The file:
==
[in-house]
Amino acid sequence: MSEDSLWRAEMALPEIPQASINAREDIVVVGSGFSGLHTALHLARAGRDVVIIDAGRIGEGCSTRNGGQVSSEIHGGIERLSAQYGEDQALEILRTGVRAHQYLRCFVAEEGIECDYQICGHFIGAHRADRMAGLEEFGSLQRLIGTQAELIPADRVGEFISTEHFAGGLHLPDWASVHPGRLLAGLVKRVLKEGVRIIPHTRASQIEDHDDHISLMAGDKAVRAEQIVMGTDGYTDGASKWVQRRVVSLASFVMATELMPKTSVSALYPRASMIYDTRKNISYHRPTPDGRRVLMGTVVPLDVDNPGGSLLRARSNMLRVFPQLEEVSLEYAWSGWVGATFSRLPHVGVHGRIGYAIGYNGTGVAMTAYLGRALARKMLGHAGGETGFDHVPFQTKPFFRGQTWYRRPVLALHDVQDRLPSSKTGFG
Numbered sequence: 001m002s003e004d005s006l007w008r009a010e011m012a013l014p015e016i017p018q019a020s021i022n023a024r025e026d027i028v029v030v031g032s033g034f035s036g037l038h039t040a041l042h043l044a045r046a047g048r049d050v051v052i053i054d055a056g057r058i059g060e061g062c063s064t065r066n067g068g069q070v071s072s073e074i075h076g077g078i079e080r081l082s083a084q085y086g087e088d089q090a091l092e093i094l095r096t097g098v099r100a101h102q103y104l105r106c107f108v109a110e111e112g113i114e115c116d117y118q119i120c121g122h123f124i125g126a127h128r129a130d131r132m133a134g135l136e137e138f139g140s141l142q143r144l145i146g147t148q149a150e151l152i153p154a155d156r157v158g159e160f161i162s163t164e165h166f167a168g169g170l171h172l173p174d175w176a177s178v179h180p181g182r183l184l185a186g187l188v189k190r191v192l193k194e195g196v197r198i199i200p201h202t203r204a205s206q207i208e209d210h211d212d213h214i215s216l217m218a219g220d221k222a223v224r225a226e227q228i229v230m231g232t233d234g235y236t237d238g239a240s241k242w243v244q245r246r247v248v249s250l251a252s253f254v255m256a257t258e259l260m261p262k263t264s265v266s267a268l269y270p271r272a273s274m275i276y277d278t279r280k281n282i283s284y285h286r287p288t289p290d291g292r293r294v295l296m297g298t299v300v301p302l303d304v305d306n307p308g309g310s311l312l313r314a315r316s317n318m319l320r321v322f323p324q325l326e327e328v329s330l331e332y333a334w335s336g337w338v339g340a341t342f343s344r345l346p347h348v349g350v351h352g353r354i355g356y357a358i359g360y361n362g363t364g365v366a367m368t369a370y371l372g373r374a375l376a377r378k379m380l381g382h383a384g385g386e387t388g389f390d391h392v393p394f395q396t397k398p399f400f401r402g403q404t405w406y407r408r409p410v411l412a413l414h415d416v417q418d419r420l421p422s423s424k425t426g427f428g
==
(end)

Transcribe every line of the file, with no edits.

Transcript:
[in-house]
Amino acid sequence: MSEDSLWRAEMALPEIPQASINAREDIVVVGSGFSGLHTALHLARAGRDVVIIDAGRIGEGCSTRNGGQVSSEIHGGIERLSAQYGEDQALEILRTGVRAHQYLRCFVAEEGIECDYQICGHFIGAHRADRMAGLEEFGSLQRLIGTQAELIPADRVGEFISTEHFAGGLHLPDWASVHPGRLLAGLVKRVLKEGVRIIPHTRASQIEDHDDHISLMAGDKAVRAEQIVMGTDGYTDGASKWVQRRVVSLASFVMATELMPKTSVSALYPRASMIYDTRKNISYHRPTPDGRRVLMGTVVPLDVDNPGGSLLRARSNMLRVFPQLEEVSLEYAWSGWVGATFSRLPHVGVHGRIGYAIGYNGTGVAMTAYLGRALARKMLGHAGGETGFDHVPFQTKPFFRGQTWYRRPVLALHDVQDRLPSSKTGFG
Numbered sequence: 001m002s003e004d005s006l007w008r009a010e011m012a013l014p015e016i017p018q019a020s021i022n023a024r025e026d027i028v029v030v031g032s033g034f035s036g037l038h039t040a041l042h043l044a045r046a047g048r049d050v051v052i053i054d055a056g057r058i059g060e061g062c063s064t065r066n067g068g069q070v071s072s073e074i075h076g077g078i079e080r081l082s083a084q085y086g087e088d089q090a091l092e093i094l095r096t097g098v099r100a101h102q103y104l105r106c107f108v109a110e111e112g113i114e115c116d117y118q119i120c121g122h123f124i125g126a127h128r129a130d131r132m133a134g135l136e137e138f139g140s141l142q143r144l145i146g147t148q149a150e151l152i153p154a155d156r157v158g159e160f161i162s163t164e165h166f167a168g169g170l171h172l173p174d175w176a177s178v179h180p181g182r183l184l185a186g187l188v189k190r191v192l193k194e195g196v197r198i199i200p201h202t203r204a205s206q207i208e209d210h211d212d213h214i215s216l217m218a219g220d221k222a223v224r225a226e227q228i229v230m231g232t233d234g235y236t237d238g239a240s241k242w243v244q245r246r247v248v249s250l251a252s253f254v255m256a257t258e259l260m261p262k263t264s265v266s267a268l269y270p271r272a273s274m275i276y277d278t279r280k281n282i283s284y285h286r287p288t289p290d291g292r293r294v295l296m297g298t299v300v301p302l303d304v305d306n307p308g309g310s311l312l313r314a315r316s317n318m319l320r321v322f323p324q325l326e327e328v329s330l331e332y333a334w335s336g337w338v339g340a341t342f343s344r345l346p347h348v349g350v351h352g353r354i355g356y357a358i359g360y361n362g363t364g365v366a367m368t369a370y371l372g373r374a375l376a377r378k379m380l381g382h383a384g385g386e387t388g389f390d391h392v393p394f395q396t397k398p399f400f401r402g403q404t405w406y407r408r409p410v411l412a413l414h415d416v417q418d419r420l421p422s423s424k425t426g427f428g